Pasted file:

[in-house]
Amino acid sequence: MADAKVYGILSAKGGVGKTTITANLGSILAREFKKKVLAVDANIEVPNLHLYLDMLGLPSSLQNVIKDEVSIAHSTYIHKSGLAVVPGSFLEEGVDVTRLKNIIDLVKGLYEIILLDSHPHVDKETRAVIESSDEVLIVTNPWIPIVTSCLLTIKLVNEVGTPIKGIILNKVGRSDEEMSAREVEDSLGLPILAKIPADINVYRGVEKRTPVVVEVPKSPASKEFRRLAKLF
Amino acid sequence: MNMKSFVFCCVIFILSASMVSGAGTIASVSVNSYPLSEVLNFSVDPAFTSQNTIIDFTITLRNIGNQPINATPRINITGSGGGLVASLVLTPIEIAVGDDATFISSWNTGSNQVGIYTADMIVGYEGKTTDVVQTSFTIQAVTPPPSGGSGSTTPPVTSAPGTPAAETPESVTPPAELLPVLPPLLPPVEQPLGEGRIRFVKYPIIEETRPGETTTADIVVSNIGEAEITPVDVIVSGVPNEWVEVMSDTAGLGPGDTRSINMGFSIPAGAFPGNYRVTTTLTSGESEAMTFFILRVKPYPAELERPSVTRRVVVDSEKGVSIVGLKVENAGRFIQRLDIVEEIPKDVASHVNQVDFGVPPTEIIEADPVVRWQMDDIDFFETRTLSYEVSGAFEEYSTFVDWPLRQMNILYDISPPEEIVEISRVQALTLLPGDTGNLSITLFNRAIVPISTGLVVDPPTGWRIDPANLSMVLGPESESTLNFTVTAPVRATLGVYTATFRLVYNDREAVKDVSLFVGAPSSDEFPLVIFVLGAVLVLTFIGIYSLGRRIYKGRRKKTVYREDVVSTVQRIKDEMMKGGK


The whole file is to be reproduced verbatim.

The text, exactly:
[in-house]
Amino acid sequence: MADAKVYGILSAKGGVGKTTITANLGSILAREFKKKVLAVDANIEVPNLHLYLDMLGLPSSLQNVIKDEVSIAHSTYIHKSGLAVVPGSFLEEGVDVTRLKNIIDLVKGLYEIILLDSHPHVDKETRAVIESSDEVLIVTNPWIPIVTSCLLTIKLVNEVGTPIKGIILNKVGRSDEEMSAREVEDSLGLPILAKIPADINVYRGVEKRTPVVVEVPKSPASKEFRRLAKLF
Amino acid sequence: MNMKSFVFCCVIFILSASMVSGAGTIASVSVNSYPLSEVLNFSVDPAFTSQNTIIDFTITLRNIGNQPINATPRINITGSGGGLVASLVLTPIEIAVGDDATFISSWNTGSNQVGIYTADMIVGYEGKTTDVVQTSFTIQAVTPPPSGGSGSTTPPVTSAPGTPAAETPESVTPPAELLPVLPPLLPPVEQPLGEGRIRFVKYPIIEETRPGETTTADIVVSNIGEAEITPVDVIVSGVPNEWVEVMSDTAGLGPGDTRSINMGFSIPAGAFPGNYRVTTTLTSGESEAMTFFILRVKPYPAELERPSVTRRVVVDSEKGVSIVGLKVENAGRFIQRLDIVEEIPKDVASHVNQVDFGVPPTEIIEADPVVRWQMDDIDFFETRTLSYEVSGAFEEYSTFVDWPLRQMNILYDISPPEEIVEISRVQALTLLPGDTGNLSITLFNRAIVPISTGLVVDPPTGWRIDPANLSMVLGPESESTLNFTVTAPVRATLGVYTATFRLVYNDREAVKDVSLFVGAPSSDEFPLVIFVLGAVLVLTFIGIYSLGRRIYKGRRKKTVYREDVVSTVQRIKDEMMKGGK